This can also shady tactics like trying to get a player signed up for a bonus or promotion in the midst of trying to resolve a conflict related to the player wanting to cash out. They don’t think the player’s legit, yet they’re offering him bonuses. The reason is to lock the player into an offer which forces them to play (and lose) more instead of cashing out.

Changing Terms

One of the sneakiest things rogue casinos do is change their terms on the fly, on an as-needed basis. They’ll do this when they’re in dispute with a player over something they say the player’s done wrong, but hasn’t really. They’ll change the terms to support their argument. Yet, when you look at the archives you can see the terms were recently changed from siding with the player …to siding with the casino.

Marketing Spam

Marketing is what we do (just look at this website). However, we don’t think it’s right to spam players, forums or websites, which is what many shady casinos do to get new customers.

Licensing and Regulation

When the casino says they have a license, but don’t. Or, when they’re located in an area that’s lax about regulation, which allows them to get away with shenanigans.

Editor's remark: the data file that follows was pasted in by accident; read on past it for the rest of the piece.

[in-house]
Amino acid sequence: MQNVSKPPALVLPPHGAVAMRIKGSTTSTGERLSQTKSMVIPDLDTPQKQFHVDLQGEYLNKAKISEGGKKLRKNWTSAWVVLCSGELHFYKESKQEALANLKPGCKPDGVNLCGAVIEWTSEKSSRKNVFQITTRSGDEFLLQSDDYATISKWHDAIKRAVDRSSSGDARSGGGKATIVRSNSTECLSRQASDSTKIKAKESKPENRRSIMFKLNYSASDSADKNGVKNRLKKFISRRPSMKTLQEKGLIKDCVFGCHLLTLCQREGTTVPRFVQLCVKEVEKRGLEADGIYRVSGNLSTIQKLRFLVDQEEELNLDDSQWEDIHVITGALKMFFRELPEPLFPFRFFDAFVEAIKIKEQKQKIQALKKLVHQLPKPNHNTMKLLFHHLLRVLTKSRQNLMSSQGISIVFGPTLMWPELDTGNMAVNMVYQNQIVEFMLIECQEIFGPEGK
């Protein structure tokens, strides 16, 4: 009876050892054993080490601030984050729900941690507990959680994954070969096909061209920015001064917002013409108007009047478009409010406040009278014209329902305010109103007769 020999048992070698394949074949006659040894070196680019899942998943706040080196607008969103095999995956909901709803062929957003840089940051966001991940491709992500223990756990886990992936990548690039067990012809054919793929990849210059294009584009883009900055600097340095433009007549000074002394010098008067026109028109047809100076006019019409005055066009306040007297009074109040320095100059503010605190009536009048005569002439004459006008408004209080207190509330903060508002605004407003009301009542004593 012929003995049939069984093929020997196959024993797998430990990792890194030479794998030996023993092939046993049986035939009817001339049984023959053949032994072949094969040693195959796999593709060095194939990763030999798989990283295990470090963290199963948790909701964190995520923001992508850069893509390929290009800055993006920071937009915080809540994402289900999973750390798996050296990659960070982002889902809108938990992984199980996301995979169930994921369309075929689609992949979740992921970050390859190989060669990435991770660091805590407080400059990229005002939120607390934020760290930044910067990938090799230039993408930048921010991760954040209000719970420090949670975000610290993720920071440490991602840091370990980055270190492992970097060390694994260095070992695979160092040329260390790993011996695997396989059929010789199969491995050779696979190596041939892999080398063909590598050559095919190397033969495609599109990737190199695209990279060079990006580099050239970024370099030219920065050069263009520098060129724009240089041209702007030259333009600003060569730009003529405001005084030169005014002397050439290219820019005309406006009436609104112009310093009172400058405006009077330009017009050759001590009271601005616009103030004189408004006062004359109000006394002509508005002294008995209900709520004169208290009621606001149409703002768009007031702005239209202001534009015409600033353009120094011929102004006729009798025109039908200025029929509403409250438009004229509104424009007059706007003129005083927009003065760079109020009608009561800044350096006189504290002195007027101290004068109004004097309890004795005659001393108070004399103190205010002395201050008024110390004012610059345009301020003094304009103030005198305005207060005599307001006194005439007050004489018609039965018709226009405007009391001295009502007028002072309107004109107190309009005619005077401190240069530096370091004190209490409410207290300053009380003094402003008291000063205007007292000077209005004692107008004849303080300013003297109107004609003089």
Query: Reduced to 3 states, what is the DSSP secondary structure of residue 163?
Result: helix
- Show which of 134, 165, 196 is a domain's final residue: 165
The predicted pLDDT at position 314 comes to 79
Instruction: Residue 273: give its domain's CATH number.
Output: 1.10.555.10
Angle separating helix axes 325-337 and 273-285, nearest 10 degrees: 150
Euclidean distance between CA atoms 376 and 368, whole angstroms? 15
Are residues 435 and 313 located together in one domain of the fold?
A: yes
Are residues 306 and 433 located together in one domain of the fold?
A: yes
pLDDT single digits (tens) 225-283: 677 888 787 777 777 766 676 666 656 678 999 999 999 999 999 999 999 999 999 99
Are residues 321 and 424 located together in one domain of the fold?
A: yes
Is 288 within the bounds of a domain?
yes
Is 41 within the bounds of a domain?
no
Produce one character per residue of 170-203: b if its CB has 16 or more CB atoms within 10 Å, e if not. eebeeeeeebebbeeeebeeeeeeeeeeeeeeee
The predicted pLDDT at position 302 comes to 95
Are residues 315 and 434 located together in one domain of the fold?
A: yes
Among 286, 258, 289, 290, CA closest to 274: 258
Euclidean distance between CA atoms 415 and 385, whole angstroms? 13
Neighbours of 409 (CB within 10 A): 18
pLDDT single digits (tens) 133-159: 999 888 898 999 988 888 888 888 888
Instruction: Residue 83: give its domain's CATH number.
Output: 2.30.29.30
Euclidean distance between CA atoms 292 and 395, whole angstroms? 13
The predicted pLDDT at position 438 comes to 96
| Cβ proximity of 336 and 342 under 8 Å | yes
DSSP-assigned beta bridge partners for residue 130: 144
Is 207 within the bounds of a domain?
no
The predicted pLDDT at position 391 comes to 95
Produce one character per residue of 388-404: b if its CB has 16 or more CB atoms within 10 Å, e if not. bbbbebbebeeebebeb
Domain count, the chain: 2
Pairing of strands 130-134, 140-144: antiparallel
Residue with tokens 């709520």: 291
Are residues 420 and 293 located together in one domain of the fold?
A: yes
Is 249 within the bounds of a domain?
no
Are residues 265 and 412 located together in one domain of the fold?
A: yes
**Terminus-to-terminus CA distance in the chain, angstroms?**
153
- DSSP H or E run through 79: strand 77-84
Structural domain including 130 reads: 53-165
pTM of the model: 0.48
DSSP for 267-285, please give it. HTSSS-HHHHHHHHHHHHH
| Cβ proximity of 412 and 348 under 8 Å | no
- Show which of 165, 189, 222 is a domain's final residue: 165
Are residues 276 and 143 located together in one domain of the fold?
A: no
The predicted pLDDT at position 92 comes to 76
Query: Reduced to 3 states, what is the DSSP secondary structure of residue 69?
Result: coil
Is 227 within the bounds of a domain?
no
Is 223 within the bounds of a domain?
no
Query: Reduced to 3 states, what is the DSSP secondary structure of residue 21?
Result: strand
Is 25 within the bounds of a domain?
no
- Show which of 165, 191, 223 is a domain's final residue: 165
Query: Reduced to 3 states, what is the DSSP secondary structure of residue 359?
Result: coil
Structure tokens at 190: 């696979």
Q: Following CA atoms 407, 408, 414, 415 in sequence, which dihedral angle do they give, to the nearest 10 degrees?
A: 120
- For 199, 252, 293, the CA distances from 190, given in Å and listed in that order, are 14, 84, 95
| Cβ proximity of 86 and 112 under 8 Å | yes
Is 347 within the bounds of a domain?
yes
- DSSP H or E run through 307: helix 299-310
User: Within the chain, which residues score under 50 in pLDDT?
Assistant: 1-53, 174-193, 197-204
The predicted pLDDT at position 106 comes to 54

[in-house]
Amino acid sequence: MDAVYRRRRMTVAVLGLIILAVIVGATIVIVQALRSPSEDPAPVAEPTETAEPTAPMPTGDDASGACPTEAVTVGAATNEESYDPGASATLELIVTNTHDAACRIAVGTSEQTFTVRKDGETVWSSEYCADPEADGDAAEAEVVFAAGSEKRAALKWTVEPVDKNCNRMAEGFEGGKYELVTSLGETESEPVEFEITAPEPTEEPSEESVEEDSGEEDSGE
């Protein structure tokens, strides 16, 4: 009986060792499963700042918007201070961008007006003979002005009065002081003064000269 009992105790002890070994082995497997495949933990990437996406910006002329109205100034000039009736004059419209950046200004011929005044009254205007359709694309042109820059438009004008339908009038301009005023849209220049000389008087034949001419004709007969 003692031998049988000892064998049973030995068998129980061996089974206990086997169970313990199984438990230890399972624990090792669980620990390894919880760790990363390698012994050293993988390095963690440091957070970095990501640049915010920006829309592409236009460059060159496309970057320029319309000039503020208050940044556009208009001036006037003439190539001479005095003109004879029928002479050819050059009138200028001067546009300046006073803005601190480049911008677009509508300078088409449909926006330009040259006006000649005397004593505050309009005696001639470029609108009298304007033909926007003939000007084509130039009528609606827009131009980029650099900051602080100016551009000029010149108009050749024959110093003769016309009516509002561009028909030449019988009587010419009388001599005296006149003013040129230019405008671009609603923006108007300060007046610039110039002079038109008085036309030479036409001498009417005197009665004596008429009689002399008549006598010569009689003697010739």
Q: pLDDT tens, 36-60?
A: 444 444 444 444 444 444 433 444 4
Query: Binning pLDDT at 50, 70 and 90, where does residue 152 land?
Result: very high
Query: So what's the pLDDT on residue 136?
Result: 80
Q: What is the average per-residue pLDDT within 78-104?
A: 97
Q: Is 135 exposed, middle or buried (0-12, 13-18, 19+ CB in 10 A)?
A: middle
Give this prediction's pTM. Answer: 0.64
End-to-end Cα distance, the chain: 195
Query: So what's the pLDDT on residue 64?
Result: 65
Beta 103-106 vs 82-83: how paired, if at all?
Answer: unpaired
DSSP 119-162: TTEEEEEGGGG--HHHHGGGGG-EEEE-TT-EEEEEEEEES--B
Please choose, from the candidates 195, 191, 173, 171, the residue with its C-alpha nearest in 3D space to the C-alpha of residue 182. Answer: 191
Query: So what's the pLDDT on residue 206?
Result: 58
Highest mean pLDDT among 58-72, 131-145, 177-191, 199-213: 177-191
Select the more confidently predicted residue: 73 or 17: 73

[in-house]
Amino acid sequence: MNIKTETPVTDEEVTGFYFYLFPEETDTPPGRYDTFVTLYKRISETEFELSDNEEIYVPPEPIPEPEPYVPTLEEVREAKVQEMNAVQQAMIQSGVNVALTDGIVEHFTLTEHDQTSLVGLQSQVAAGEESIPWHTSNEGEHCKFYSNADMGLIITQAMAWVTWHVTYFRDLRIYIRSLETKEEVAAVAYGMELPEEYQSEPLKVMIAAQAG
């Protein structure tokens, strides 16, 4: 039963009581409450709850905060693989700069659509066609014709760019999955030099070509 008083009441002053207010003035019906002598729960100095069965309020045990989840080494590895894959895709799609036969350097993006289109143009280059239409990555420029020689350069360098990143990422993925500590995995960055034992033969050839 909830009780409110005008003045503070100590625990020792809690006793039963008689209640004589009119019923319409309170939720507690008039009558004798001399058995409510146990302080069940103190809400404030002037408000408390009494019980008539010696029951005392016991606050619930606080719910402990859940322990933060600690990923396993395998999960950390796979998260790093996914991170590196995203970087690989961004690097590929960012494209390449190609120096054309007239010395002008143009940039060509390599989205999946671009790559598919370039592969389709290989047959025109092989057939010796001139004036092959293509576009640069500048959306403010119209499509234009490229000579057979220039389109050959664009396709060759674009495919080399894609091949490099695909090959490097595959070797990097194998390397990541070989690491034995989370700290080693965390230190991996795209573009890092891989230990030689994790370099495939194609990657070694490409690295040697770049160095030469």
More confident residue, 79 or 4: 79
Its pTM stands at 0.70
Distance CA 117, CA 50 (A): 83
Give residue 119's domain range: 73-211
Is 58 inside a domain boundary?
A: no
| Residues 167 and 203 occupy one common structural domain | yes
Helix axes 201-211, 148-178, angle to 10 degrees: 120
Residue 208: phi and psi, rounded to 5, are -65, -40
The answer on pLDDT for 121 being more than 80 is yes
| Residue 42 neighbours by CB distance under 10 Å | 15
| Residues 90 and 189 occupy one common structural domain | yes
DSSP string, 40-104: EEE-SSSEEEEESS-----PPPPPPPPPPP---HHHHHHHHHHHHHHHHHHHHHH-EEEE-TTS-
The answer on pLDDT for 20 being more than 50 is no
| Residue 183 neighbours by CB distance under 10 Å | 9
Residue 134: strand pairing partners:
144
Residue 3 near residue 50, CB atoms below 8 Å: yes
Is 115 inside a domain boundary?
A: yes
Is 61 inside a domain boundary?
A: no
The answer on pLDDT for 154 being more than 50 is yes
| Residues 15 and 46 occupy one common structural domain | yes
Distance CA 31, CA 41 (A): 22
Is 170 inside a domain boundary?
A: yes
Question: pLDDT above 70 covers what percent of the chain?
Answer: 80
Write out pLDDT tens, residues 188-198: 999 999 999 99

Bad to Players: They’re slow on support or non-existent. When they verbally threat players.

This is far from a complete list. You’ll see more examples of shady behavior in the following sections and in each reason for the casinos in our blacklist. But you’ll these are the most common problems, and there’s a lot of overlap, too.

How to Tell When a Casino Might Be Headed for the Blacklist

One thing you’re sure to find out – and, hopefully, not the hard way – is that there are many casinos who deserve a spot on a blacklist, but aren’t there. Or, they’re up-and-comers.

This sucks because you can get burned bad if you don’t see them coming before it’s too late.